Photo by Anna Meassick | The Roger Williams Complex, home to the sophomore slums, is in the process of getting safety renovations.

By Andrew Main and Ian Weiner

Over the course of the last decade, the University of Rhode Island has invested $28 million into improving the fire safety of all residence halls located on campus and are now in the final stages of this project.

In 2003, the Station Nightclub fire in West Warwick killed 100 people and injured another 200, which led the state to revise it’s fire codes and making them some of the strictest in the nation.

The University began major renovations in 2000. However, the fire code was changed in response to the Station Nightclub fire in 2007, towards the end of those renovations. The University had anticipated possible changes, which allowed for more effective further upgrades to the residence halls. The Kingston campus is the only URI campus that has residence halls.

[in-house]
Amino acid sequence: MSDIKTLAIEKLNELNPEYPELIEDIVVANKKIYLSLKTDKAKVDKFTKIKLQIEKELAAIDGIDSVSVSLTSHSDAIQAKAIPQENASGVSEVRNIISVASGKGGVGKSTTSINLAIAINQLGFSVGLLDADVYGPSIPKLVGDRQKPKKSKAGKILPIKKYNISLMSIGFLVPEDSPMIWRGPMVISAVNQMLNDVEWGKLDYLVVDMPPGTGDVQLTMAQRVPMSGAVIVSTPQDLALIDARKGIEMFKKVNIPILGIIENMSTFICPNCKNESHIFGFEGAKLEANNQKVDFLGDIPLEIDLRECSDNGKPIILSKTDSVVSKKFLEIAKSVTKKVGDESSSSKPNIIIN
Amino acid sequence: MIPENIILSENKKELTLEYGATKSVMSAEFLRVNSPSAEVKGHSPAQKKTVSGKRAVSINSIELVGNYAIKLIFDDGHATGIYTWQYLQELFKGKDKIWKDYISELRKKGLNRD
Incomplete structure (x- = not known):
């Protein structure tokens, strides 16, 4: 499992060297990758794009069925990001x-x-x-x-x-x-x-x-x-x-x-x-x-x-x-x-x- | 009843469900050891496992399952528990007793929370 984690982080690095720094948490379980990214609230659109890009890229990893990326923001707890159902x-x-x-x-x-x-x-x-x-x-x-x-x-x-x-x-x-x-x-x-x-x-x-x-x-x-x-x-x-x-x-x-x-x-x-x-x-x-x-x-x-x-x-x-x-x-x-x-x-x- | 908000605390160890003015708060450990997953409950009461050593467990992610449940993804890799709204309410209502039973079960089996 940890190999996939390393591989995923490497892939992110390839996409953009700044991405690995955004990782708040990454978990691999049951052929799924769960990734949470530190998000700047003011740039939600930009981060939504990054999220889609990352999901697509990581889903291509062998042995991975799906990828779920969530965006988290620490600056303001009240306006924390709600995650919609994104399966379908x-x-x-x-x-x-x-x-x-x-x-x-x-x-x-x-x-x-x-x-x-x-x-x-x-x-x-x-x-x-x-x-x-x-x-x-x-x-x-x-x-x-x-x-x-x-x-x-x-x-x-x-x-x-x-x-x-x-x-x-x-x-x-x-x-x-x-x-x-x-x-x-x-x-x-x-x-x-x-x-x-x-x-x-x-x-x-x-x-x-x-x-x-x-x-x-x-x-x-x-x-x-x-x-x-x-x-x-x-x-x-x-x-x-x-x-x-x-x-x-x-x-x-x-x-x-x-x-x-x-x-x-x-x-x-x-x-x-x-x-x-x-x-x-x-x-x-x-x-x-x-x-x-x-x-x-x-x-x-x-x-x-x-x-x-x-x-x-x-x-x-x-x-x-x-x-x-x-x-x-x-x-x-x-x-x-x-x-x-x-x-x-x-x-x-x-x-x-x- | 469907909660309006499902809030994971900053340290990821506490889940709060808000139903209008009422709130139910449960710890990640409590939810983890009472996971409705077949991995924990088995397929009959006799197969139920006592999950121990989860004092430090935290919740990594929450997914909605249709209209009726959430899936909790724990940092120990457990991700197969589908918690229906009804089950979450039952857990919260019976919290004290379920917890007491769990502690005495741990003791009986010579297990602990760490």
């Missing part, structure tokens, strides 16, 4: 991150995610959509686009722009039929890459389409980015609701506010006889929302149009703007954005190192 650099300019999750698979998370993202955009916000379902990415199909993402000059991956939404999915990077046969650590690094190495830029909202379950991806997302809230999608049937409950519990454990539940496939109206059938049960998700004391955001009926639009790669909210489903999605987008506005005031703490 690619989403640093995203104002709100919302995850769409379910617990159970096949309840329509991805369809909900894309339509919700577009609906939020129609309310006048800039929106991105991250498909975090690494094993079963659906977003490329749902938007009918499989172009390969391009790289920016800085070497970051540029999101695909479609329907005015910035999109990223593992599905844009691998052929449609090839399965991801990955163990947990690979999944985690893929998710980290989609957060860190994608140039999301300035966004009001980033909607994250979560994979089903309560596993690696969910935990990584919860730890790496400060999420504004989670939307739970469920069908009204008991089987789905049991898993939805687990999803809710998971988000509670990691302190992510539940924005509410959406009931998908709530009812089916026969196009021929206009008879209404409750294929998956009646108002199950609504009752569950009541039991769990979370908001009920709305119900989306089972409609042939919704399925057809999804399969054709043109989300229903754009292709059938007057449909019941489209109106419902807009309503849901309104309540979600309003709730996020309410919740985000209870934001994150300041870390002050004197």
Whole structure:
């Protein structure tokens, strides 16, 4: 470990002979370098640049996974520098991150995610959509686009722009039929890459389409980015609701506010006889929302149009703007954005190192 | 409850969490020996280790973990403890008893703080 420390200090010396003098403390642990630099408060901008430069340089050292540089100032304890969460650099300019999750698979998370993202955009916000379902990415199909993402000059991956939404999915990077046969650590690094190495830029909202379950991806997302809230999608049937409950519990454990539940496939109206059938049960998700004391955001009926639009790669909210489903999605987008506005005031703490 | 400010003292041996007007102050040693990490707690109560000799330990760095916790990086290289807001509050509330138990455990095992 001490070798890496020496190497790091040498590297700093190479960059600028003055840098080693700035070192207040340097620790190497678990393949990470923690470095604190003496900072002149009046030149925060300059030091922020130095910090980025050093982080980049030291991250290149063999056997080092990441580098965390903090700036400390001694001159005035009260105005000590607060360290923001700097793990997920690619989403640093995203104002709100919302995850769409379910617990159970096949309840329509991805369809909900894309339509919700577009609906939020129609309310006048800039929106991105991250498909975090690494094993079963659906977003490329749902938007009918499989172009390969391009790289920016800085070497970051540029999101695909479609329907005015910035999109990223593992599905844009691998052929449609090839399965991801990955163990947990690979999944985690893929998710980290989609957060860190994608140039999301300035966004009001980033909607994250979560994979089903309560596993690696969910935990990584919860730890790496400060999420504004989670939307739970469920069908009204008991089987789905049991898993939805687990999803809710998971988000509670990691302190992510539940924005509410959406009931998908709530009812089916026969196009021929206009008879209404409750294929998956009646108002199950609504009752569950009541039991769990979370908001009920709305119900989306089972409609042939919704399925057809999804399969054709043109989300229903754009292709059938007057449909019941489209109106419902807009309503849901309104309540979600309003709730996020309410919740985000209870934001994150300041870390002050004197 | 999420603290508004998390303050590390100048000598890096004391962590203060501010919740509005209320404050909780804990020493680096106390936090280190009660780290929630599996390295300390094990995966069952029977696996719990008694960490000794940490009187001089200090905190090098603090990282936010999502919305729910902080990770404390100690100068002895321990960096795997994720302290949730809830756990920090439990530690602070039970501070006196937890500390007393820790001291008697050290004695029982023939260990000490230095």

Paul DePace, director of Capital Projects, said that auxiliary enterprises at the University contributed $10.5 million for fire safety improvements across all five URI campuses. However, two-thirds of this funding was used towards residence halls. The rest of the money allocated for fire safety was provided by the state.

Auxiliary enterprises are operations that do not receive funding from the state or tuition. At URI, these include housing and residential life, dining services, health services, the Memorial Union, and the Campus Store.

“We had incorporated into our standard treatment of all of those buildings, we had approached those with a full revitalization of the building, but more importantly, sprinkler systems, upgraded alarm systems and we addressed the egress issues,” J. Vernon Wyman, assistant vice president of business services said.